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Under the Health Insurance Portability and Accountability Act of 1996, individuals and covered entities can face criminal charges for violations of HIPAA Privacy and Security Rules, and federal prosecutors have now taken this somewhat uncommon step following a case of wrongful disclosure of PHI.
Texan prosecutors filed an indictment in the Tyler District Court against Joshua Hippler, a 30-year-old former employee of an unnamed hospital in East Texas. The case was filed earlier this year but it was sealed until July 3.
Hippler faces one count of violations of HIPAA Rules after he stole medical records from the hospital where he worked. According to a statement provided to Security Media Group, and reported on databreachtoday.com, a spokesperson for the Department of Justice said “We cannot comment on how many patient records, his job, employer or the nature of the violation in detail as this is an ongoing investigation,” she says. “The violation came to light when Hippler was arrested in Georgia and found to be in possession of patient records. Although criminal HIPAA charges are uncommon, our decision to charge Hippler is not based on any DOJ directive or crackdown.”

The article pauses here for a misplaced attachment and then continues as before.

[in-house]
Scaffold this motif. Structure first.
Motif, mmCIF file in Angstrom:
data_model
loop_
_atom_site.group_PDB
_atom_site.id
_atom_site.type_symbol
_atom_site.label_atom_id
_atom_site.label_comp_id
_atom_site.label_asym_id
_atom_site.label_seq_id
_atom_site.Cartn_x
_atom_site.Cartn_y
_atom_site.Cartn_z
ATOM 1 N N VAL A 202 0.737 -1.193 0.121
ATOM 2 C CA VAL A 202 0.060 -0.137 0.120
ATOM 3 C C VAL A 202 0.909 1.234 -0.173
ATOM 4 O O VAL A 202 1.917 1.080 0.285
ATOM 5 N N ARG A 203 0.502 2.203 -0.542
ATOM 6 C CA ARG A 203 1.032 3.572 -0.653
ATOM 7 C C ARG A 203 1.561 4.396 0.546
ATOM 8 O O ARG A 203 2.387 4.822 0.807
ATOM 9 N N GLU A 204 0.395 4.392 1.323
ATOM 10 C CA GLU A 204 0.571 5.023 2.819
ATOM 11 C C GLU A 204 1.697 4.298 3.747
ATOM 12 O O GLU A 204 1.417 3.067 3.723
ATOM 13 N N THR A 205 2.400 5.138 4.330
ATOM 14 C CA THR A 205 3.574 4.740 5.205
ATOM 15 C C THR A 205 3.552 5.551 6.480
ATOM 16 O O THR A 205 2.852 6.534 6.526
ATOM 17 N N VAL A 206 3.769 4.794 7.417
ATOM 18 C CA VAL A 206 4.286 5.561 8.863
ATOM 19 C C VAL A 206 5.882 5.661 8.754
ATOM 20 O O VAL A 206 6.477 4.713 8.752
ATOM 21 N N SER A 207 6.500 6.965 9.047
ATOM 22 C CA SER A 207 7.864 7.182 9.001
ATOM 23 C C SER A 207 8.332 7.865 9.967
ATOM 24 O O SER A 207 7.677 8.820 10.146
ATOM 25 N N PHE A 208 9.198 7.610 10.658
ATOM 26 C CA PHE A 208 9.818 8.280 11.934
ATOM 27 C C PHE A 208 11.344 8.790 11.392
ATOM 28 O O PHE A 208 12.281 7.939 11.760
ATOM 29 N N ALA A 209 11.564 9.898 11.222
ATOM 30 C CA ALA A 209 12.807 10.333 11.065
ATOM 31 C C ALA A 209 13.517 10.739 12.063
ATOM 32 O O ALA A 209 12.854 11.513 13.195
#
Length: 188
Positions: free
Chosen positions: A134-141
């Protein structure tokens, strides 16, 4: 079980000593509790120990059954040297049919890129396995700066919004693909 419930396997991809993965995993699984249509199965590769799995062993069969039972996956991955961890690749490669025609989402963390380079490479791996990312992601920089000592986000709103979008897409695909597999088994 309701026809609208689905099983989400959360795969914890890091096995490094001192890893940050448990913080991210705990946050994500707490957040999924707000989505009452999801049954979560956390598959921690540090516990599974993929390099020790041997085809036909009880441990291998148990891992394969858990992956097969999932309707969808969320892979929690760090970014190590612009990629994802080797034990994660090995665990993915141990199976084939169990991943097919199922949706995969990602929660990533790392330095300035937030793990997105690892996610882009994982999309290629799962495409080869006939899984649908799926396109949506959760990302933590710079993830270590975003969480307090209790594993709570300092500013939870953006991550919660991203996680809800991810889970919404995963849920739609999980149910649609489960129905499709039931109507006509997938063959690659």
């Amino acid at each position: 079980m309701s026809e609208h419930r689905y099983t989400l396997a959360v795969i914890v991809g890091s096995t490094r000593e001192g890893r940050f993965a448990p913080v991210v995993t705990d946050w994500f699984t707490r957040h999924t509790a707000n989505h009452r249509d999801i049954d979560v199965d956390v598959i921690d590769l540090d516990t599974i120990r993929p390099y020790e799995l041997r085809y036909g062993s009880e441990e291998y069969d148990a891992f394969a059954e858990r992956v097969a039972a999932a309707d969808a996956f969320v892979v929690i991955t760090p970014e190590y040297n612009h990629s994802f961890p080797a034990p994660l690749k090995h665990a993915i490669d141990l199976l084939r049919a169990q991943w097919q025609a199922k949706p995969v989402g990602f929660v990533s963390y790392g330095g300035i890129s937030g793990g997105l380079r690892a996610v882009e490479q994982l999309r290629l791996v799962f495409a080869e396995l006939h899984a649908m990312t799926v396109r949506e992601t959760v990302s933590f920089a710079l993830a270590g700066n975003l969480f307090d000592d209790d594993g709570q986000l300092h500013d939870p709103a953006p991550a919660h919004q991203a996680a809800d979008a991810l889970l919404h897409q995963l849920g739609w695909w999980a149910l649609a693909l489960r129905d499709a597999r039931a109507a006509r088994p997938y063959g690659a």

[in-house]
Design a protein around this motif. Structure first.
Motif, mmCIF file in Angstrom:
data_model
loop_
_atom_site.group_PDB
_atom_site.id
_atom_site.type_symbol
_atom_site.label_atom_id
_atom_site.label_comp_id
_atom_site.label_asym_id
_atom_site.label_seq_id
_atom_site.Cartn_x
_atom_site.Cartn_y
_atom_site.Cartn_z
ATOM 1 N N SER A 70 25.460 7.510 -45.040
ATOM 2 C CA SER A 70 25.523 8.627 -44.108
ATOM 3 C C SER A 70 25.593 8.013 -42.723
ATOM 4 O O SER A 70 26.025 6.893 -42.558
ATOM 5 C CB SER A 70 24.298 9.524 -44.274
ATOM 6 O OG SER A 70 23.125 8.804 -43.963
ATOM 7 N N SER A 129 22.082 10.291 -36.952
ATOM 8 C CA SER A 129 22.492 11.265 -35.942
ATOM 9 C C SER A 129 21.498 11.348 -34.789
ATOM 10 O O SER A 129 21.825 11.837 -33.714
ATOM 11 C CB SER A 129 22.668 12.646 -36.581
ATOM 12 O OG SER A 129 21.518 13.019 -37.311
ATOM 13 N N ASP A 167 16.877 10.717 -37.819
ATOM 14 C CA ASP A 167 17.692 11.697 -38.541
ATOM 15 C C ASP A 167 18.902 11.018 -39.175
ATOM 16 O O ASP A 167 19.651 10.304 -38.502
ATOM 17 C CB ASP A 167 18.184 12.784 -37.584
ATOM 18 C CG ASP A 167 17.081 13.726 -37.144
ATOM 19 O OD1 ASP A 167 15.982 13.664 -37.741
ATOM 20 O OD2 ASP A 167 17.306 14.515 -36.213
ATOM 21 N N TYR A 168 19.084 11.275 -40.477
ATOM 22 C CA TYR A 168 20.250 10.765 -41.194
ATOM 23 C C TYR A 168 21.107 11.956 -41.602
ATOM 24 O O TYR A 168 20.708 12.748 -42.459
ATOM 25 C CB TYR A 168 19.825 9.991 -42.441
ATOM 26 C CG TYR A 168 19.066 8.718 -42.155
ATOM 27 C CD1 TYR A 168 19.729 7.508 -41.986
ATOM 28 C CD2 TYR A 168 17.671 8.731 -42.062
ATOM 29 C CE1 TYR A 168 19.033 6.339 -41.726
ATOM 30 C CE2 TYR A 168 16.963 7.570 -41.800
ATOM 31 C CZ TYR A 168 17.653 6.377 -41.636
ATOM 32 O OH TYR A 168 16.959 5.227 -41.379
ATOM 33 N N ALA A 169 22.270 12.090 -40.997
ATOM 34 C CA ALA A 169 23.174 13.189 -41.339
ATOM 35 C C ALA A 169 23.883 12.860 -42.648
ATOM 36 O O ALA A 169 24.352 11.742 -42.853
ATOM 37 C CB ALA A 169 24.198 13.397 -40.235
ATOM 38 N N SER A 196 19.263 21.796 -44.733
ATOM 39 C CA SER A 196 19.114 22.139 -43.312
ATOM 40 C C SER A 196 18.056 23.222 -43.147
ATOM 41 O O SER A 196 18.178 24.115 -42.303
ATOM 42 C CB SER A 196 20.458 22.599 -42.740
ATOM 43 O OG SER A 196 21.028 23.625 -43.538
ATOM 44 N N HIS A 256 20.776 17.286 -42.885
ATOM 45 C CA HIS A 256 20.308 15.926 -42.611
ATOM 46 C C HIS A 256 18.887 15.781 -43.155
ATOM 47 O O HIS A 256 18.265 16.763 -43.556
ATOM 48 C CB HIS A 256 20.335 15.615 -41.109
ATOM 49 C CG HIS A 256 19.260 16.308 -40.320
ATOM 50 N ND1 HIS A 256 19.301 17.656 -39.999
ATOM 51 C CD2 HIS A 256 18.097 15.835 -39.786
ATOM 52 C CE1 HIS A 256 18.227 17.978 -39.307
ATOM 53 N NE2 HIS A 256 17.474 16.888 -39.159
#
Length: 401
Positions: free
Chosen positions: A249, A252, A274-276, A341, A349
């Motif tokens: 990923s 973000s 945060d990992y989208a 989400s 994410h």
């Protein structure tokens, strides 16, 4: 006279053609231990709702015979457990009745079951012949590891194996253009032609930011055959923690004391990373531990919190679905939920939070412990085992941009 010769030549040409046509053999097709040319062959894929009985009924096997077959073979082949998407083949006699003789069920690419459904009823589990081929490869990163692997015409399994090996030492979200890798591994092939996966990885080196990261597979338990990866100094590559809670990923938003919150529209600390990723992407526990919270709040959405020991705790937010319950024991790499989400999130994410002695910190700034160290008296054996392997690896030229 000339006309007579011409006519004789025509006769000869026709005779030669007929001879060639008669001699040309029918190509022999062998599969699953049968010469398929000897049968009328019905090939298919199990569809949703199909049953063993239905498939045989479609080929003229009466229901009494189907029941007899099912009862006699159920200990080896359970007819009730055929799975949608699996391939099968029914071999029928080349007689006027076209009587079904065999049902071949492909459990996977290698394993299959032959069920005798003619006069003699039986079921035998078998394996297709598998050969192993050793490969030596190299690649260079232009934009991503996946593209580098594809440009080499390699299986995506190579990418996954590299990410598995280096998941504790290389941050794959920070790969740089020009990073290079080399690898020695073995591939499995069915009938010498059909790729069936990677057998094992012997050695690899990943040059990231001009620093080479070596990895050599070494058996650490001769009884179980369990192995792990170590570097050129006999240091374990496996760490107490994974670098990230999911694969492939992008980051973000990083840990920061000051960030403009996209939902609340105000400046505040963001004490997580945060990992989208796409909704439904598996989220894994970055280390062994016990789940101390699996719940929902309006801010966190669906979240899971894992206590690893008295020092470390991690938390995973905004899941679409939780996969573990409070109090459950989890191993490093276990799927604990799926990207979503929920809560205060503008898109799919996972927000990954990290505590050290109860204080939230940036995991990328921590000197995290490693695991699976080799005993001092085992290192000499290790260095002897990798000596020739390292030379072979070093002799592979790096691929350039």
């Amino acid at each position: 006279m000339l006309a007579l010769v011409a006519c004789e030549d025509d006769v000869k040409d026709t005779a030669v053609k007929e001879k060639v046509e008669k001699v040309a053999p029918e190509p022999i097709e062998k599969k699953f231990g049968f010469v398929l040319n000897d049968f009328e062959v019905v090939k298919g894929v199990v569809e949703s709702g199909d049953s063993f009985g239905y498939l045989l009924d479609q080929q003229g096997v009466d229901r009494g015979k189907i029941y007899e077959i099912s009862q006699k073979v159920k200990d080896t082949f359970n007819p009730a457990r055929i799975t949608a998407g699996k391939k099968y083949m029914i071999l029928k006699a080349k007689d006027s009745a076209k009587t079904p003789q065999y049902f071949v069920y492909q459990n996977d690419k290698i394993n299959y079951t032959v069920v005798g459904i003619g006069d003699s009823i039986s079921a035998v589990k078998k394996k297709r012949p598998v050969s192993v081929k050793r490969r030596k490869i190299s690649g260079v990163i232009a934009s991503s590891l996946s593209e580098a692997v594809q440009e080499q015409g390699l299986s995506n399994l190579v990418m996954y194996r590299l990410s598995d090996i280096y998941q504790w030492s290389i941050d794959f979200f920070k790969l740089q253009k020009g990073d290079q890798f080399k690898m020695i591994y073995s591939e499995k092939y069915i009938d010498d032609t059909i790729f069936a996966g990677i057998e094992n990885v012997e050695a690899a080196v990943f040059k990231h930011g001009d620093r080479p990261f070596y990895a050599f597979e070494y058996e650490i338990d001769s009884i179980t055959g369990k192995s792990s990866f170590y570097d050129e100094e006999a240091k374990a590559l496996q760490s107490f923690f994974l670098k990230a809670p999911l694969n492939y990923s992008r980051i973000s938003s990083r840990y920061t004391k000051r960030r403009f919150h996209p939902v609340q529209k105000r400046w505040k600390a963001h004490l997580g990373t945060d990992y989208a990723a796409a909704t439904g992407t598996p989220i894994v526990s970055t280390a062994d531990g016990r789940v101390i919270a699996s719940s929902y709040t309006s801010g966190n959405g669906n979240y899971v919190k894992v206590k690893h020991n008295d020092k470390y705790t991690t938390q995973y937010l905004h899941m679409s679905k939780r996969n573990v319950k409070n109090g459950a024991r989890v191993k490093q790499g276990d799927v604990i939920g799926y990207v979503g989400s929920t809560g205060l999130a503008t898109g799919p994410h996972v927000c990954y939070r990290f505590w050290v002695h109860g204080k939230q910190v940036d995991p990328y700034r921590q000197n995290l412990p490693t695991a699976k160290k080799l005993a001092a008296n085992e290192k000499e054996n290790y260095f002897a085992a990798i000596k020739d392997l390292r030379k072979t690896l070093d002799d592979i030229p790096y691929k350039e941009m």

The case has been scheduled to commence on Sept 3, 2014, and if found guilty, Hippler could potentially be issued with a fine of $250,000 and could face up to 10 years in prison.
Even though criminal charges can be filed, to date there have been few cases that have been heard by the courts. Court cases are usually reserved for cases of medical or identity fraud, and in this instance, while there may have been intent to sell the information does not appear to have been disclosed to other individuals.
The majority of cases of improper disclosure of medical information involve no malicious intent and many involve accidental disclosure of PHI. Many of these cases also involve multiple members of staff and arise out of a lack of training on HIPAA Privacy and Security Rules, with the institution itself to blame in the majority of cases for failing to provide training as required under the Security Rule Administrative safeguards.
However, the value of healthcare data coupled with lax security standards in many hospitals is proving tempting for many employees and each year there are numerous cases of improper accessing of medical records by hospital employees.
While a criminal case such as this cannot undo a data breach, it does bring the matter to the attention of the media and sends a message to healthcare workers that the theft of PHI will not be tolerated. Action can, and is taken against individuals that violate the privacy of patients by accessing or stealing their healthcare information and personal identifiers, and the penalties for these actions can be severe.
This incident should also serve as a warning to healthcare organizations that they must take patient privacy seriously and implement policies and procedures to protect the data they hold on patients. Not only can criminal charges be filed against workers for snooping on patient data, the organizations that these individuals work for could also face stiff financial penalties if it is discovered that they have not provided training on HIPAA Privacy and Security Rules or have not instructed the staff of the consequences of violating HIPAA Rules.